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I'm working on a kind of javascript text-based game engine. I have a javascript object with an 'onuse' method. This works fantastically when I use it like this:

var button = new CanvasObject();
button.text = "test" // Necessary for the next code sample
button.onuse = function(){ button.x += 1 }; // Some simple reaction;

I have code in a Canvas object that when drawing a CanvasObject will wrap it in a span tag like so:

<span onclick = "function{ button.x += 1 }">test</span>
// Or to make the HTML cleaner:
<span onclick = canvas.callFunction(5)>test</span>
// where canvas.callFunction will call the function needed.
// Canvas keeps an array of functions that can be called.

The Canvas will call the function, and since it uses 'absolute' terms, the line 'button.x += 1', will work fine. The problem is that I have another class that I extended from CanvasObject, for example, ButtonObject. I want the class definition to have an onuse function that is already defined. For example (using the inheritance technique lined out here)

ButtonObject.method('onuse', function(){
   this.x++; // Some function requiring 'this'.
});

When I called a function from the HTML using the first technique, my engine would just call it as an anonymous function. Then, 'this' then would be defined as the window. I want every instance of ButtonObject to have the same 'onuse' function, so defining it each time like I did with CanvasObject seems like a lot of extra code. One possible solution I thought of was to modify the way my engine works such that each object is given a 'name' property, that is equivalent to it's javascript name. This way the engine could simple write the string like this:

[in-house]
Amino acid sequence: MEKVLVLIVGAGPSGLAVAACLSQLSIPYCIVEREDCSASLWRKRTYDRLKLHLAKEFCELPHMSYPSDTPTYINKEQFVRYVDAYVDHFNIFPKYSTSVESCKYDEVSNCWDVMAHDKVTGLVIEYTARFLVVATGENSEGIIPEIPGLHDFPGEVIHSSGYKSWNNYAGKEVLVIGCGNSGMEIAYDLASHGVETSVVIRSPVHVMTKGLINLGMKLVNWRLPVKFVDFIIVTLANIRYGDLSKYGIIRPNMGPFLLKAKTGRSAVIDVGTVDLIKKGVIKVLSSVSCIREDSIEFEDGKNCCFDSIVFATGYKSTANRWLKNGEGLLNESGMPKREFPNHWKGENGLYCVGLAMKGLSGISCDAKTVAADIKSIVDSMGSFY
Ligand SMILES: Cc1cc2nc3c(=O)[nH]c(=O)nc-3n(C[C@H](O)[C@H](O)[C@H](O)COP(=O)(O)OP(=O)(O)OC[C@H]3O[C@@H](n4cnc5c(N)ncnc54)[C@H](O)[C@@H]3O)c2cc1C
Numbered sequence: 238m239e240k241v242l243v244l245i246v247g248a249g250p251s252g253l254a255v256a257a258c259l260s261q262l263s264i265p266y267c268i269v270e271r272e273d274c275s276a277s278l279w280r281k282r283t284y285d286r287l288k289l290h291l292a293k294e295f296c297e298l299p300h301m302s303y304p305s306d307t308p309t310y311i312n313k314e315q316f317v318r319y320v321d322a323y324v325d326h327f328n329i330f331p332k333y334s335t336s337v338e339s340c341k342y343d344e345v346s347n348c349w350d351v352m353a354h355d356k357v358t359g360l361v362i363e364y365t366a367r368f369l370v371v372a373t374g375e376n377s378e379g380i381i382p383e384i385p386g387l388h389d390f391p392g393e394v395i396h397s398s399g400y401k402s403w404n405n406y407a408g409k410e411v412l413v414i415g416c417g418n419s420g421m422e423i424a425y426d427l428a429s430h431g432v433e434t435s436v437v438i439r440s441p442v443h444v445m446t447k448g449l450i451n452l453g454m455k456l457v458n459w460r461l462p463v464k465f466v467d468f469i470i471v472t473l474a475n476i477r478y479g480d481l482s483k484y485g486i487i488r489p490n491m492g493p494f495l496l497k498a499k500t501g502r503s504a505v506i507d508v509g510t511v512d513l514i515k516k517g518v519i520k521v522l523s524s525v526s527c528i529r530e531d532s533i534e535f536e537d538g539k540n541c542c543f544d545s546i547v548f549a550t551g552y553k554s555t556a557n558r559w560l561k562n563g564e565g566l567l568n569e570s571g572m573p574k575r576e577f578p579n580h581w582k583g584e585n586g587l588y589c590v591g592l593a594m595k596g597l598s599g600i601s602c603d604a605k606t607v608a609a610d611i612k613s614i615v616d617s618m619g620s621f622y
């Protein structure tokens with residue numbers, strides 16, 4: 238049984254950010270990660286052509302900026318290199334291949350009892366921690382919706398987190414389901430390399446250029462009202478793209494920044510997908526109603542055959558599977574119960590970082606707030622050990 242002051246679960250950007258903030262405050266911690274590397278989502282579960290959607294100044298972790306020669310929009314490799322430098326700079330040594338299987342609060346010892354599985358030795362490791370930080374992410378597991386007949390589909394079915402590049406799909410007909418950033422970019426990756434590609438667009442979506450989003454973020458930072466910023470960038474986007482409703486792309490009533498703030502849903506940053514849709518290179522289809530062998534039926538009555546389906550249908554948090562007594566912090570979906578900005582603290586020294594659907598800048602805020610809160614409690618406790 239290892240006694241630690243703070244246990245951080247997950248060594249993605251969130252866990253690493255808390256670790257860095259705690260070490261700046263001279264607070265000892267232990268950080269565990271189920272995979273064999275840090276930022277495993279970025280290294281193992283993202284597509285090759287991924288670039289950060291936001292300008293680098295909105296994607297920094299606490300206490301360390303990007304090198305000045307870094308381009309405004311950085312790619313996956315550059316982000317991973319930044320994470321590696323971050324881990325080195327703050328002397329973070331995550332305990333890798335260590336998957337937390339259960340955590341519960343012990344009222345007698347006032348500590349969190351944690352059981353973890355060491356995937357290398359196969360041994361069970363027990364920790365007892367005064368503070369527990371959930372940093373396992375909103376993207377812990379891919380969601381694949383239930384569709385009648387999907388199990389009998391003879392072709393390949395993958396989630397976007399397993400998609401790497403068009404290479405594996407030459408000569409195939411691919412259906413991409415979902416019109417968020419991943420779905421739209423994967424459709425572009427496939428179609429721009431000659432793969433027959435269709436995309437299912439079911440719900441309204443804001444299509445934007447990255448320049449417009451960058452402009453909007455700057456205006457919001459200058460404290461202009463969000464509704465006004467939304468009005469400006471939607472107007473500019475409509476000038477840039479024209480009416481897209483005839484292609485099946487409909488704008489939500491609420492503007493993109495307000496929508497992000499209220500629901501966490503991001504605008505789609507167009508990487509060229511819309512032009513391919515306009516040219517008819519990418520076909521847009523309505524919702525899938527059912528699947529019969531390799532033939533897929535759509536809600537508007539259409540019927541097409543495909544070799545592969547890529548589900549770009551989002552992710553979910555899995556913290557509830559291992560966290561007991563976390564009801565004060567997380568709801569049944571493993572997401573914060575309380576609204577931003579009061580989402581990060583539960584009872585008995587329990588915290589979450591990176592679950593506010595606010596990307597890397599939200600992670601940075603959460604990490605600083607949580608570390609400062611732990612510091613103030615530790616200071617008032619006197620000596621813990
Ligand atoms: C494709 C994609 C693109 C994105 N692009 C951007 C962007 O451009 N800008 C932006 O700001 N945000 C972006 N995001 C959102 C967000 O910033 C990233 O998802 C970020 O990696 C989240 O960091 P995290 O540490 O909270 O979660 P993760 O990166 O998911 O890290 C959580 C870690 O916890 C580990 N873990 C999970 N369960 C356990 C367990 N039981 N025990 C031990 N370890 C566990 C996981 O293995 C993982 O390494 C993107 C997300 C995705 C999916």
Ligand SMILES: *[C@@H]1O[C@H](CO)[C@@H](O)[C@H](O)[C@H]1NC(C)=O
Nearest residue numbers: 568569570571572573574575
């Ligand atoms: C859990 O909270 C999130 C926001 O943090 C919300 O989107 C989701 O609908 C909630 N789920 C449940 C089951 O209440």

innerHTML += ( "<span onclick=' + buttonObjectInstance.name + ".onuse()'>" );

But this technique would require me to state the name of the object twice, every time I instantiate it, like this:

var startButton = ButtonObject('startButton');

Is this truly my only option? Or is there way to call a function in the context of the object without having the name of that object?

share|improve this question
    
Maybe it is just the Fridays, but say whaaaaaaaat? It sounds like you need to add that method to the object's prototype, but I honestly don't have any idea what you're doing. –  Mathletics Nov 1 '13 at 21:09
    
@Mathletics - I was using that way earlier, but I changed it to Douglass Crockford's technique as linked in the question. This allows me to let ButtonObject inherit all functions from CanvasObject. As far as I know, this doesn't cause any problems in the code that relate to my question. Object functions are still called like 'button.doSomething()'. –  user1054074 Nov 1 '13 at 21:16

1 Answer 1

up vote 1 down vote accepted

bind a function to this for later:

ButtonObject.method('onuse', function(){
   this.x++; // Some function requiring 'this'.
} .bind(ButtonObject)  );

of if not ButtonObject in the calling context, bind it to whatever holds your methods.

share|improve this answer
    
This is definitely a step in the right direction, so thanks for that. The problem now is that my function doesn't recognize functions that aren't defined in the constructor. For example, I have another ButtonObject.method('render', function(){etc..}). And when I try to call it in the bound 'onuse', it says that the method doesn't exist. I believe this is because it only binds the constructor. –  user1054074 Nov 1 '13 at 21:36
    
from within a constructor, you'll probably want to bind to this instead of ButtonObject; i wasn't sure how the rest of the code looked. –  dandavis Nov 1 '13 at 22:32
    
Ah thank you, this pretty much solved it. I put the method definition into the constructor, and bound it to 'this'. I was afraid that the 'inheriting' code would overwrite my function, but it worked out fine. –  user1054074 Nov 1 '13 at 22:51

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